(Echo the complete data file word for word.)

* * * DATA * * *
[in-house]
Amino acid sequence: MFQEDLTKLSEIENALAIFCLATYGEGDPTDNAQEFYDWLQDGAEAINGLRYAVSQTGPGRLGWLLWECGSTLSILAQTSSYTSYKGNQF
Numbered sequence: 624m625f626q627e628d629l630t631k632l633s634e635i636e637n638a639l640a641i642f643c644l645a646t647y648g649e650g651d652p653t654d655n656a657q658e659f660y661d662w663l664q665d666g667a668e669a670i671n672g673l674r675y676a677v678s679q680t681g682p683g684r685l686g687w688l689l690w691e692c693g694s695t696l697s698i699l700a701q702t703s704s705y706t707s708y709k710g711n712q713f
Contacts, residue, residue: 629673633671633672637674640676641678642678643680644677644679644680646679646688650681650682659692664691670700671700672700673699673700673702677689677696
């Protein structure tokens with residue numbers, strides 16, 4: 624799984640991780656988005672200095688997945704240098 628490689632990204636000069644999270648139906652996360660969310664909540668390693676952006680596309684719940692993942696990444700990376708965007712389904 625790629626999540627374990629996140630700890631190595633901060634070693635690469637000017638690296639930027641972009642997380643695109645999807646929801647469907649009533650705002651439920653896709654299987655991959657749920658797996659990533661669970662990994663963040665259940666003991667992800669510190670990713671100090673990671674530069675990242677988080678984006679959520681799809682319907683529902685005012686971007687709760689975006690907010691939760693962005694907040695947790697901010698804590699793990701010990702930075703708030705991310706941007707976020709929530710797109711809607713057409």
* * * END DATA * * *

[in-house]
Amino acid sequence: MFQEDLTKLSEIENALAIFCLATYGEGDPTDNAQEFYDWLQDGAEAINGLRYAVSQTGPGRLGWLLWECGSTLSILAQTSSYTSYKGNQF
Numbered sequence: 624m625f626q627e628d629l630t631k632l633s634e635i636e637n638a639l640a641i642f643c644l645a646t647y648g649e650g651d652p653t654d655n656a657q658e659f660y661d662w663l664q665d666g667a668e669a670i671n672g673l674r675y676a677v678s679q680t681g682p683g684r685l686g687w688l689l690w691e692c693g694s695t696l697s698i699l700a701q702t703s704s705y706t707s708y709k710g711n712q713f
Contacts, residue, residue: 629673633671633672637674640676641678642678643680644677644679644680646679646688650681650682659692664691670700671700672700673699673700673702677689677696
């Protein structure tokens with residue numbers, strides 16, 4: 624799984640991780656988005672200095688997945704240098 628490689632990204636000069644999270648139906652996360660969310664909540668390693676952006680596309684719940692993942696990444700990376708965007712389904 625790629626999540627374990629996140630700890631190595633901060634070693635690469637000017638690296639930027641972009642997380643695109645999807646929801647469907649009533650705002651439920653896709654299987655991959657749920658797996659990533661669970662990994663963040665259940666003991667992800669510190670990713671100090673990671674530069675990242677988080678984006679959520681799809682319907683529902685005012686971007687709760689975006690907010691939760693962005694907040695947790697901010698804590699793990701010990702930075703708030705991310706941007707976020709929530710797109711809607713057409």